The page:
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dc.contributor.authorJansen, Teunis
dc.contributor.authorCampbell, Andrew
dc.contributor.authorKelly, Ciarán
dc.contributor.authorHátún, Hjálmar
dc.contributor.authorPayne, Mark R.
dc.date.accessioned2013-01-21T14:14:26Z
dc.date.available2013-01-21T14:14:26Z
dc.date.issued2012
dc.identifier.citationJansen T, Campbell A, Kelly C, Hátún H, Payne MR (2012) Migration and Fisheries of North East Atlantic Mackerel (Scomber scombrus) in Autumn and Winter. PLoS ONE 7(12): e51541. doi:10.1371/journal.pone.0051541en_GB
dc.identifier.otherESSN: 1932-6203
dc.identifier.urihttp://hdl.handle.net/10793/848
dc.identifier.uridoi:10.1371/journal.pone.0051541
dc.description(c) 2012 Jansen et al. This is an open-access article distributed under the terms of the Creative Commons Attribution License, which permits unrestricted use, distribution, and reproduction in any medium, provided the original author and source are credited.en_GB
dc.descriptionpeer-reviewed
dc.description.abstractIt has been suggested that observed spatial variation in mackerel fisheries, extending over several hundreds of kilometers, is reflective of climate-driven changes in mackerel migration patterns. Previous studies have been unable to clearly demonstrate this link. In this paper we demonstrate correlation between temperature and mackerel migration/distribution as proxied by mackerel catch data from both scientific bottom trawl surveys and commercial fisheries. We show that mackerel aggregate and migrate distances of up to 500 km along the continental shelf edge from mid-November to early March. The path of this migration coincides with the location of the relatively warm shelf edge current and, as a consequence of this affinity, mackerel are guided towards the main spawning area in the south. Using a simulated time series of temperature of the shelf edge current we show that variations in the timing of the migration are significantly correlated to temperature fluctuations within the current. The proposed proxies for mackerel distribution were found to be significantly correlated. However, the correlations were weak and only significant during periods without substantial legislative or technical developments. Substantial caution should therefore be exercised when using such data as proxies for mackerel distribution. Our results include a new temperature record for the shelf edge current obtained by embedding the available hydrographic observations within a statistical model needed to understand the migration through large parts of the life of adult mackerel and for the management of this major international fishery.en_GB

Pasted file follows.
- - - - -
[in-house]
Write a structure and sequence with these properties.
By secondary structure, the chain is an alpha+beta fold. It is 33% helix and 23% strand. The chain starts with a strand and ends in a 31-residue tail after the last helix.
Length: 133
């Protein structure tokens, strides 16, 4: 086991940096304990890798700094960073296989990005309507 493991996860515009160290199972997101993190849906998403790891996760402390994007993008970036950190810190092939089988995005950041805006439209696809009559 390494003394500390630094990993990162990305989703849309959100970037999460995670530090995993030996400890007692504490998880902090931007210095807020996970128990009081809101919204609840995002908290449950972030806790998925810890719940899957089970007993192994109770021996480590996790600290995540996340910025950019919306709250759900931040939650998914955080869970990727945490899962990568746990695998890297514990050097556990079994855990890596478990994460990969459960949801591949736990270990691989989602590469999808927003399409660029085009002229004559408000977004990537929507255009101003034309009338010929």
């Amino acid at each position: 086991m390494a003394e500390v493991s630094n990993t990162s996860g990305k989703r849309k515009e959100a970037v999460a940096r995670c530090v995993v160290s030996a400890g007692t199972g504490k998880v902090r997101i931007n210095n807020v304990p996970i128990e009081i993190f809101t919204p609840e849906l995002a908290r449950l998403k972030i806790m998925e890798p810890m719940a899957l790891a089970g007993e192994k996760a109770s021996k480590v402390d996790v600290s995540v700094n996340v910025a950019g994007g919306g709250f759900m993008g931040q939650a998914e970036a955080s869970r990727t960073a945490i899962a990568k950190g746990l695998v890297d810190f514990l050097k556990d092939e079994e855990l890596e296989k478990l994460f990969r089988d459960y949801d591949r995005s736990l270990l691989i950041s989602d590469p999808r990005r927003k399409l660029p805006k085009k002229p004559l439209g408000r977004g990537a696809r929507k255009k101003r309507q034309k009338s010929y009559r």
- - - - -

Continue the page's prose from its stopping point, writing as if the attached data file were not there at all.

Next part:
dc.description.sponsorshipThe research was funded by EURO-BASIN of the European Union’s 7th Framework Program (Grant Agreement #264933). The funders had no role in study design, data collection and analysis, decision to publish, or preparation of the manuscript.en_GB
dc.language.isoenen_GB
dc.publisherPublic Library of Science (PLOS)en_GB
dc.relation.ispartofseriesPLOS One;7(12)
dc.subjectMigrationen_GB
dc.subjectFisheriesen_GB
dc.subjectNorth East Atlantic Mackerel (Scomber scombrus)en_GB
dc.titleMigration and Fisheries of North East Atlantic Mackerel (Scomber scombrus) in Autumn and Winteren_GB
dc.typeMonographen_GB
refterms.dateFOA2018-01-12T05:14:03Z


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